There is yet another phase of study necessary for the homoeopath, a study not often found in books. It is to only necessary to have a broad, comprehensive insight into the general nature of a remedy, and a complete mastery of detail, but to be able to recognize the symptoms in the patient, As we are all painfully aware, patients to not always relate their symptoms in the words of the book, and it is surely a study and an art to be able to recognize and translate them into the language of the materia medica. Here is a clinical example of this point. A young man of thirty was brought to me afflicted with epilepsy of eight years’ standing. The attacks were frequent and of frightful severity. He-looked almost imbecile. He was florid and scrofulous. He knew of nothing that aggravated or ameliorated the attacks. He could name no time or circumstance that influenced the fit. They seized him at random. The only thing the he could tell was that he heard voices calling him, calling, calling. He felt that he must get to them, he must break away, he must struggle to reach those calling voices; and then and there he fell in the fit, screaming, struggling and biting. As you know, the books say that the stramonium epilepetic hears voices calling him. So stramonium was given. Well, it had no effect whatever. Then I sat down to think and to translate his symptoms. I reasoned thus: the prominent symptom of Bella. Is a desire to escape, to get out or away from where they are, to get from under an oppressing load, to escape from something that holds to something else. Again, under Bella. We read yet, “illusions of sight and hearing.” Might not this epileptic’s illusion of hearing and struggle to escape to the voice be translated into Bella. Remembering that florid face settled it. I gave him several powders of Bella. 30, and he has never had another fit since, and that was two years ago.
In conclusion, I want to call attention to the importance of a careful selection of the books we study, remembering that while many lightweights rush into print, it takes an intellectual giant to be a reliable authority upon this immense subject. If we will cling fast to Hahnemann and Hering, Von Boenninghausen and Jahr, both the Allens, the brilliant Burnett and good old man Nash, we will have selected books worthy of our reliance. If we live with them intimately we can not help but catch some of their glory. Let us stick to the highest type of old true Homoeopathy. Remember that the really great men of Homoeopathy have invariably been the strictest Hahnemannian homoeopaths. I would not for a moment have you think, however, that because I advocate the old Hahnemannian Homoeopathy, that I mean nothing modern is worth while.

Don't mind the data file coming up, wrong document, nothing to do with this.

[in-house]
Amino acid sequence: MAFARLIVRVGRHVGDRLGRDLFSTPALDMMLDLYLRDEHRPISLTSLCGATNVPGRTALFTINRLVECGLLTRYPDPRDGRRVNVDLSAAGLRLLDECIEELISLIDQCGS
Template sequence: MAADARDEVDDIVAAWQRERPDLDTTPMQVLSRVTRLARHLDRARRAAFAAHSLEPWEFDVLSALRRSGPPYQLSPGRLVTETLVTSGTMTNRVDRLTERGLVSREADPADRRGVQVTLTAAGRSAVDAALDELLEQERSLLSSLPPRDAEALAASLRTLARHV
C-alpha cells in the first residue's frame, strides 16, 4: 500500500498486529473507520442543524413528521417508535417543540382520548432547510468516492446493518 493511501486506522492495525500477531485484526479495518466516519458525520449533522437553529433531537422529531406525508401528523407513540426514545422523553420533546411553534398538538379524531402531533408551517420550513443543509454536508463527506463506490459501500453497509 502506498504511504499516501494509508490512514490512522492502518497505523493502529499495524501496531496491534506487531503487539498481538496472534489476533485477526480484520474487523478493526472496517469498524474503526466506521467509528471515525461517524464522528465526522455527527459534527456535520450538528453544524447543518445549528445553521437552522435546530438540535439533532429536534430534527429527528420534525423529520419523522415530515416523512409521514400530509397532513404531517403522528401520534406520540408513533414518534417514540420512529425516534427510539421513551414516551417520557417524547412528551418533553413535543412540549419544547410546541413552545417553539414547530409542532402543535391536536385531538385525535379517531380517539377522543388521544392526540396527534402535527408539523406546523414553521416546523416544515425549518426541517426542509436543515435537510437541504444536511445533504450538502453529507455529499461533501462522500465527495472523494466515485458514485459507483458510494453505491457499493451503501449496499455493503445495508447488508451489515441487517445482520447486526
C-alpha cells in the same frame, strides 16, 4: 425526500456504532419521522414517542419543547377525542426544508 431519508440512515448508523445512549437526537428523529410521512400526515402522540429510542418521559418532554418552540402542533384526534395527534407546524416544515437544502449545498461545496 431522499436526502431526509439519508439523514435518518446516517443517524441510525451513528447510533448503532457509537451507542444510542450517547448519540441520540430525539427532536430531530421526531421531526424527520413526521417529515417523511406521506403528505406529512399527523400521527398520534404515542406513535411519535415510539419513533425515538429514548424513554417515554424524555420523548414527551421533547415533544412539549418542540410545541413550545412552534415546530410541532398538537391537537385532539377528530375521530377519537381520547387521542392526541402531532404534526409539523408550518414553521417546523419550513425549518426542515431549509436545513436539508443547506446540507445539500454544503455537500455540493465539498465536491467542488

That would be unworthy of any intelignet physicaian. Do not mistake me, I am warning against discarding old splendors for new trash. While I consider Hahnemann and Hering as the very backbone of our literature, we find in lesser degree modern masters, too. These have perfected a large array of nosodes and added them to out splendid equipment. Bacillinum, Medorrhinum, Syphilinum, Variolinum and all the other inums, with the exception of Psorinum, represent their work. I cannot is magine what I would do without Bacillinum nowadays, in tuberculosis, or without Pyrogenium in septic fevers. And in passing, permit me to remark that of this last I have seen the most brilliant results where physicians and surgeons pronounced cases doomed. I fear this wonderful remedy introduced by Burnett has been sadly neglected, judging by the number of septic cases where I have found the patient being dosed to death with Fowler’s solution, quinine and the like, where pyrogenium cured. Stop and think what it is. Rotten meat. Could anything be more homoeopathic to aseptic or puerperal fever, or any condition where decayed animal matter has been absorbed? We owe debts of gratitude to Burnett for his introduction of it, and H.C. Allen for his admirable proving.
Thus from time to time there arise such great men who can add another bit to the great work of Hahnemann, but not one who has yet been able to detract from it.
For myself, through a long life, while I have gathered useful hints from many writers, I invariably find I am at my best when. I am following most closely in the steps of the master, Hahnemann.
The Farragut, Washington, D.C.